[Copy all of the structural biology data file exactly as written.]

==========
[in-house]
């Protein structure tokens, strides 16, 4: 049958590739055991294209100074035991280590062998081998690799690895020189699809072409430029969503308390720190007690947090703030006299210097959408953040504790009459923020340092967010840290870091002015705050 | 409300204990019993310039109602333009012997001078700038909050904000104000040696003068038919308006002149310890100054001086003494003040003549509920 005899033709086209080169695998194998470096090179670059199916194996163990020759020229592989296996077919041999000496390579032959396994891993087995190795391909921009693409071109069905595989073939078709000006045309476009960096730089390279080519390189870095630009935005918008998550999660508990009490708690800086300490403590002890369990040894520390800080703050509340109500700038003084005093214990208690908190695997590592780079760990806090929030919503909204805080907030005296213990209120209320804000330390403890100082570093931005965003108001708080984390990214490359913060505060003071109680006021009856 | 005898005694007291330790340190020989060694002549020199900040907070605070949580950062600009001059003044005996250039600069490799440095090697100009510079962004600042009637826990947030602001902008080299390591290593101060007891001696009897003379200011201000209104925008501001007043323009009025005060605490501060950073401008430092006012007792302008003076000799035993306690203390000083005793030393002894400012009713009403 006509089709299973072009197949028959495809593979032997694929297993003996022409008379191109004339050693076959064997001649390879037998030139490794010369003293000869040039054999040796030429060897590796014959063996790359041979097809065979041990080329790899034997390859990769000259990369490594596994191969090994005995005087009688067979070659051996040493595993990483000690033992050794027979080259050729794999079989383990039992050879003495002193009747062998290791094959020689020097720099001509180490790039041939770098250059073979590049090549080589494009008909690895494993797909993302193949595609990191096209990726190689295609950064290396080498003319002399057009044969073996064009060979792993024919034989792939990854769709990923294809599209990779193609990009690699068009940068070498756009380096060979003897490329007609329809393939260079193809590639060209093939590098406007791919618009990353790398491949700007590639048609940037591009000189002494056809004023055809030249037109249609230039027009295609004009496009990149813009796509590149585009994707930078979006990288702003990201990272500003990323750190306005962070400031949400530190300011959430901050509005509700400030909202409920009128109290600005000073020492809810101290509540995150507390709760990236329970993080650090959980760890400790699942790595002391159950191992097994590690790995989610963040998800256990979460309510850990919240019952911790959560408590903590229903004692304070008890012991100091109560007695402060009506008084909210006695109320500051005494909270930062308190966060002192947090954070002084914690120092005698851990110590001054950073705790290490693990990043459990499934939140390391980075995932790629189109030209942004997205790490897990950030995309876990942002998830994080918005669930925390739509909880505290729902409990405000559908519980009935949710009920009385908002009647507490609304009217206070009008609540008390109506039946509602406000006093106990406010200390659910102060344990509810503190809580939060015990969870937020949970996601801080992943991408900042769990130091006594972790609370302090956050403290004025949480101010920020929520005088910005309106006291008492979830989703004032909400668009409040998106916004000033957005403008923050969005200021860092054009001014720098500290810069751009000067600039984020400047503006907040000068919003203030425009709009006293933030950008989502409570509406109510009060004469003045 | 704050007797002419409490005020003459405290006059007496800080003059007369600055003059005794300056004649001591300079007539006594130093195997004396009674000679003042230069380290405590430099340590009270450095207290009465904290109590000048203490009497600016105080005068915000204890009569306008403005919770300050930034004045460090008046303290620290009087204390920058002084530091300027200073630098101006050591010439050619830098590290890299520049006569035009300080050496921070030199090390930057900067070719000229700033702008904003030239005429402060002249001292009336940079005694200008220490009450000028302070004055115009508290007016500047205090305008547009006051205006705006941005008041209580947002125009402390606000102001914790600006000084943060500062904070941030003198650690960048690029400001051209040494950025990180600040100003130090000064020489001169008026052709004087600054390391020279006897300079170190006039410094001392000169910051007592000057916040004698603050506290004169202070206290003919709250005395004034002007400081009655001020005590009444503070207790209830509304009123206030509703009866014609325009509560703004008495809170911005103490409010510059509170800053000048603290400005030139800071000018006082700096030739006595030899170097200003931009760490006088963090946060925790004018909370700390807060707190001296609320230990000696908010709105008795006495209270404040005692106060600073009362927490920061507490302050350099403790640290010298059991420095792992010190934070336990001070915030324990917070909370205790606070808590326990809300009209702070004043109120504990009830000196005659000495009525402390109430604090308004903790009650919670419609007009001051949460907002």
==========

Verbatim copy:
[in-house]
């Protein structure tokens, strides 16, 4: 049958590739055991294209100074035991280590062998081998690799690895020189699809072409430029969503308390720190007690947090703030006299210097959408953040504790009459923020340092967010840290870091002015705050 | 409300204990019993310039109602333009012997001078700038909050904000104000040696003068038919308006002149310890100054001086003494003040003549509920 005899033709086209080169695998194998470096090179670059199916194996163990020759020229592989296996077919041999000496390579032959396994891993087995190795391909921009693409071109069905595989073939078709000006045309476009960096730089390279080519390189870095630009935005918008998550999660508990009490708690800086300490403590002890369990040894520390800080703050509340109500700038003084005093214990208690908190695997590592780079760990806090929030919503909204805080907030005296213990209120209320804000330390403890100082570093931005965003108001708080984390990214490359913060505060003071109680006021009856 | 005898005694007291330790340190020989060694002549020199900040907070605070949580950062600009001059003044005996250039600069490799440095090697100009510079962004600042009637826990947030602001902008080299390591290593101060007891001696009897003379200011201000209104925008501001007043323009009025005060605490501060950073401008430092006012007792302008003076000799035993306690203390000083005793030393002894400012009713009403 006509089709299973072009197949028959495809593979032997694929297993003996022409008379191109004339050693076959064997001649390879037998030139490794010369003293000869040039054999040796030429060897590796014959063996790359041979097809065979041990080329790899034997390859990769000259990369490594596994191969090994005995005087009688067979070659051996040493595993990483000690033992050794027979080259050729794999079989383990039992050879003495002193009747062998290791094959020689020097720099001509180490790039041939770098250059073979590049090549080589494009008909690895494993797909993302193949595609990191096209990726190689295609950064290396080498003319002399057009044969073996064009060979792993024919034989792939990854769709990923294809599209990779193609990009690699068009940068070498756009380096060979003897490329007609329809393939260079193809590639060209093939590098406007791919618009990353790398491949700007590639048609940037591009000189002494056809004023055809030249037109249609230039027009295609004009496009990149813009796509590149585009994707930078979006990288702003990201990272500003990323750190306005962070400031949400530190300011959430901050509005509700400030909202409920009128109290600005000073020492809810101290509540995150507390709760990236329970993080650090959980760890400790699942790595002391159950191992097994590690790995989610963040998800256990979460309510850990919240019952911790959560408590903590229903004692304070008890012991100091109560007695402060009506008084909210006695109320500051005494909270930062308190966060002192947090954070002084914690120092005698851990110590001054950073705790290490693990990043459990499934939140390391980075995932790629189109030209942004997205790490897990950030995309876990942002998830994080918005669930925390739509909880505290729902409990405000559908519980009935949710009920009385908002009647507490609304009217206070009008609540008390109506039946509602406000006093106990406010200390659910102060344990509810503190809580939060015990969870937020949970996601801080992943991408900042769990130091006594972790609370302090956050403290004025949480101010920020929520005088910005309106006291008492979830989703004032909400668009409040998106916004000033957005403008923050969005200021860092054009001014720098500290810069751009000067600039984020400047503006907040000068919003203030425009709009006293933030950008989502409570509406109510009060004469003045 | 704050007797002419409490005020003459405290006059007496800080003059007369600055003059005794300056004649001591300079007539006594130093195997004396009674000679003042230069380290405590430099340590009270450095207290009465904290109590000048203490009497600016105080005068915000204890009569306008403005919770300050930034004045460090008046303290620290009087204390920058002084530091300027200073630098101006050591010439050619830098590290890299520049006569035009300080050496921070030199090390930057900067070719000229700033702008904003030239005429402060002249001292009336940079005694200008220490009450000028302070004055115009508290007016500047205090305008547009006051205006705006941005008041209580947002125009402390606000102001914790600006000084943060500062904070941030003198650690960048690029400001051209040494950025990180600040100003130090000064020489001169008026052709004087600054390391020279006897300079170190006039410094001392000169910051007592000057916040004698603050506290004169202070206290003919709250005395004034002007400081009655001020005590009444503070207790209830509304009123206030509703009866014609325009509560703004008495809170911005103490409010510059509170800053000048603290400005030139800071000018006082700096030739006595030899170097200003931009760490006088963090946060925790004018909370700390807060707190001296609320230990000696908010709105008795006495209270404040005692106060600073009362927490920061507490302050350099403790640290010298059991420095792992010190934070336990001070915030324990917070909370205790606070808590326990809300009209702070004043109120504990009830000196005659000495009525402390109430604090308004903790009650919670419609007009001051949460907002």